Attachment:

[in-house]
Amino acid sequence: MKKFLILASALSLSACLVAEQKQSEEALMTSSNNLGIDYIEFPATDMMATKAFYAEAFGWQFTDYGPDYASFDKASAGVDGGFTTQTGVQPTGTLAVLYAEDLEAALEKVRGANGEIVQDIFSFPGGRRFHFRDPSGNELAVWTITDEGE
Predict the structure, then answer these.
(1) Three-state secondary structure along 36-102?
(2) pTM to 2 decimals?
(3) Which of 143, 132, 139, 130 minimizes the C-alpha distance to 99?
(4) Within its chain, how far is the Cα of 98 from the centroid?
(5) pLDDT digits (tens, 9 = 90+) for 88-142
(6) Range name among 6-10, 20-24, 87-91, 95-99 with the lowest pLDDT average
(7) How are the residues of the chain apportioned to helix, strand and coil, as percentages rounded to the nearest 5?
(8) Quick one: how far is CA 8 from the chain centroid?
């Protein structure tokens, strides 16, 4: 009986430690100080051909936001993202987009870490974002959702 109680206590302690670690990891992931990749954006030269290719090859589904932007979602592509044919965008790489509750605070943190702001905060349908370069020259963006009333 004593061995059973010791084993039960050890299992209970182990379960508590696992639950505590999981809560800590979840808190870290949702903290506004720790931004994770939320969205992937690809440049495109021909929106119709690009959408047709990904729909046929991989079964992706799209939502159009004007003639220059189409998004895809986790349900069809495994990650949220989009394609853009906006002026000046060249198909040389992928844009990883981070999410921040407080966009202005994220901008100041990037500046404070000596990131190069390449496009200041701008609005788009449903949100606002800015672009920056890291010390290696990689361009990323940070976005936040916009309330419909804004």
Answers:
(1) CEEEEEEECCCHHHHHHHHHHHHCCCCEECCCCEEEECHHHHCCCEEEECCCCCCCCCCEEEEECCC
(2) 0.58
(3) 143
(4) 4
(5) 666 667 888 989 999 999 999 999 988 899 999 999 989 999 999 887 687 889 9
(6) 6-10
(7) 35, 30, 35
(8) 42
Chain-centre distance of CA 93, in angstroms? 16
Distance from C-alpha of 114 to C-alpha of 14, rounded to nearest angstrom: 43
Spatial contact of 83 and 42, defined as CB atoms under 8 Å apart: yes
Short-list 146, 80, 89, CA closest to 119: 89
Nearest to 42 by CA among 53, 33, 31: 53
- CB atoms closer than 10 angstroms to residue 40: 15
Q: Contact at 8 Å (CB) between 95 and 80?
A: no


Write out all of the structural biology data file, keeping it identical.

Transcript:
[in-house]
Amino acid sequence: MKKFLILASALSLSACLVAEQKQSEEALMTSSNNLGIDYIEFPATDMMATKAFYAEAFGWQFTDYGPDYASFDKASAGVDGGFTTQTGVQPTGTLAVLYAEDLEAALEKVRGANGEIVQDIFSFPGGRRFHFRDPSGNELAVWTITDEGE
Predict the structure, then answer these.
(1) Three-state secondary structure along 36-102?
(2) pTM to 2 decimals?
(3) Which of 143, 132, 139, 130 minimizes the C-alpha distance to 99?
(4) Within its chain, how far is the Cα of 98 from the centroid?
(5) pLDDT digits (tens, 9 = 90+) for 88-142
(6) Range name among 6-10, 20-24, 87-91, 95-99 with the lowest pLDDT average
(7) How are the residues of the chain apportioned to helix, strand and coil, as percentages rounded to the nearest 5?
(8) Quick one: how far is CA 8 from the chain centroid?
């Protein structure tokens, strides 16, 4: 009986430690100080051909936001993202987009870490974002959702 109680206590302690670690990891992931990749954006030269290719090859589904932007979602592509044919965008790489509750605070943190702001905060349908370069020259963006009333 004593061995059973010791084993039960050890299992209970182990379960508590696992639950505590999981809560800590979840808190870290949702903290506004720790931004994770939320969205992937690809440049495109021909929106119709690009959408047709990904729909046929991989079964992706799209939502159009004007003639220059189409998004895809986790349900069809495994990650949220989009394609853009906006002026000046060249198909040389992928844009990883981070999410921040407080966009202005994220901008100041990037500046404070000596990131190069390449496009200041701008609005788009449903949100606002800015672009920056890291010390290696990689361009990323940070976005936040916009309330419909804004």
Answers:
(1) CEEEEEEECCCHHHHHHHHHHHHCCCCEECCCCEEEECHHHHCCCEEEECCCCCCCCCCEEEEECCC
(2) 0.58
(3) 143
(4) 4
(5) 666 667 888 989 999 999 999 999 988 899 999 999 989 999 999 887 687 889 9
(6) 6-10
(7) 35, 30, 35
(8) 42
Chain-centre distance of CA 93, in angstroms? 16
Distance from C-alpha of 114 to C-alpha of 14, rounded to nearest angstrom: 43
Spatial contact of 83 and 42, defined as CB atoms under 8 Å apart: yes
Short-list 146, 80, 89, CA closest to 119: 89
Nearest to 42 by CA among 53, 33, 31: 53
- CB atoms closer than 10 angstroms to residue 40: 15
Q: Contact at 8 Å (CB) between 95 and 80?
A: no